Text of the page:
President Trump fired off a series of tweets early Monday criticizing Canada and its prime minister over trade policy, saying that "Fair Trade is now to be called Fool Trade if it is not Reciprocal."
"According to a Canada release, they make almost 100 Billion Dollars in Trade with U.S. (guess they were bragging and got caught!). Minimum is 17B. Tax Dairy from us at 270%. Then [Canadian Prime Minister] Justin [Trudeau] acts hurt when called out!" Trump added.
He continued, "Sorry, we cannot let our friends, or enemies, take advantage of us on Trade anymore. We must put the American worker first!"
The president sent the messages from Singapore approximately 24 hours before his scheduled summit meeting with North Korean leader Kim Jong Un. Trump arrived in Singapore directly from a contentions G7 summit in Quebec, where he roiled his allies by first agreeing to a group statement on trade only to withdraw from it while complaining that he had been blindsided by Trudeau's criticism of Trump's tariff threats at a summit-ending news conference.
The attack on a longtime ally and its leader drew sharp criticism. German Chancellor Angela Merkel, who also attended the summit, told German public television that she found Trump's tweet disavowing the G7 statement "sobering" and "a little depressing."Merkel also said the European Union would "act" against the U.S. trade measures.
Undeterred, Trump continued to tweet Monday: "Why should I, as President of the United States, allow countries to continue to make Massive Trade Surpluses, as they have for decades, while our Farmers, Workers & Taxpayers have such a big and unfair price to pay? Not fair to the PEOPLE of America! $800 Billion Trade Deficit...And add to that the fact that the U.S. pays close to the entire cost of NATO-protecting many of these same countries that rip us off on Trade (they pay only a fraction of the cost-and laugh!). The European Union had a $151 Billion Surplus-should pay much more for Military!"
Then, Trump turned his sights on Merkel's government: ....Germany pays 1% (slowly) of GDP towards NATO, while we pay 4% of a MUCH larger GDP. Does anybody believe that makes sense? We protect Europe (which is good) at great financial loss, and then get unfairly clobbered on Trade. Change is coming!"
Earlier, the White House escalated the initial tirade and leveled more withering and unprecedented criticism against Trudeau, branding him a backstabber unworthy of Trump's time.
"There's a special place in hell for any foreign leader that engages in bad faith diplomacy with President Donald J. Trump and then tries to stab him in the back on the way out the door," Trump trade adviser Peter Navarro told "Fox News Sunday."
Canada's foreign minister, Chrystia Freeland, said her country "does not conduct its diplomacy through ad hominem attacks."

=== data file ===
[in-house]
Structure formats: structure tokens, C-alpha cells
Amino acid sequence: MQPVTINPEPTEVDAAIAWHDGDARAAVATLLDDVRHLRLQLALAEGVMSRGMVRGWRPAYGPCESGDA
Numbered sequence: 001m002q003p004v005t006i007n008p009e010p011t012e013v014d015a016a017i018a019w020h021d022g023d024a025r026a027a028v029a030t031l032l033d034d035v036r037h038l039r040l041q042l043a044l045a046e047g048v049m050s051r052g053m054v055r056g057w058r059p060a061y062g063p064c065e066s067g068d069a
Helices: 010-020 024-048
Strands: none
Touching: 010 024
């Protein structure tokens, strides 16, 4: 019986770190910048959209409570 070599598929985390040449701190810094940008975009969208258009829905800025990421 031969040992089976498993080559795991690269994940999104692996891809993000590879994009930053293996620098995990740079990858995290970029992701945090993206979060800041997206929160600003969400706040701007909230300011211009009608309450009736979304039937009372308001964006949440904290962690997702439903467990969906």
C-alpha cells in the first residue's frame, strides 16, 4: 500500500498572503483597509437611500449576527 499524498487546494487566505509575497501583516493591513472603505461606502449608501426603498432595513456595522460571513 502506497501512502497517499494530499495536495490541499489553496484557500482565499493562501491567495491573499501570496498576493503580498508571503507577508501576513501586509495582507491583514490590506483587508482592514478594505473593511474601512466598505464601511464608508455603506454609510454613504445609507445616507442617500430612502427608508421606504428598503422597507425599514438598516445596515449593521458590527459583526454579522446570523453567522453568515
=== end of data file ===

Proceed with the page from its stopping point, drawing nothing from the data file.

Trudeau, who had said at the news conference that Canada would retaliate for new U.S. tariffs, didn't respond to questions about Trump when the prime minister arrived at a Quebec City hotel Sunday for meetings with other world leaders. Freeland later told reporters that "we don't think that's a useful or productive way to do business."
A Trudeau spokesman, Cameron Ahmad, said Saturday night that Trudeau "said nothing he hasn't said before -- both in public and in private conversations" with Trump.
And, Roland Paris, a former foreign policy adviser to Trudeau, jabbed at Trump on Twitter: "Big tough guy once he's back on his airplane. Can't do it in person. ... He's a pathetic little man-child."
Trudeau said he had reiterated to Trump, who left the G7 meeting before it ended, that tariffs would harm industries and workers on both sides of the U.S.-Canada border. Trudeau told reporters that imposing retaliatory measures "is not something I relish doing" but that he wouldn't hesitate to do so because "I will always protect Canadian workers and Canadian interests."
Navarro said his harsh assessment of what "bad faith" Trudeau did with "that stunt press conference" on Saturday "comes right from Air Force One."
He said Trump "did the courtesy to Justin Trudeau to travel up to Quebec for that summit. He had other things, bigger things, on his plate in Singapore ... He did him a favor and he was even willing to sign that socialist communique. And what did Trudeau do as soon as the plane took off from Canadian airspace? Trudeau stuck our president in the back. That will not stand."
But the criticism left former Canadian prime minister Stephen Harper stumped. "I don't understand the obsession with trade relations with Canada," he told Fox Business Network's "Sunday Morning Futures." "We're the closest partners in the world and you don't want to see a dispute over one particular issue poison everything."
Trudeau had said Saturday that Canadians "are polite, we're reasonable, but also we will not be pushed around." He described all seven leaders coming together to sign the joint declaration despite having "some strong, firm conversations on trade, and specifically on American tariffs."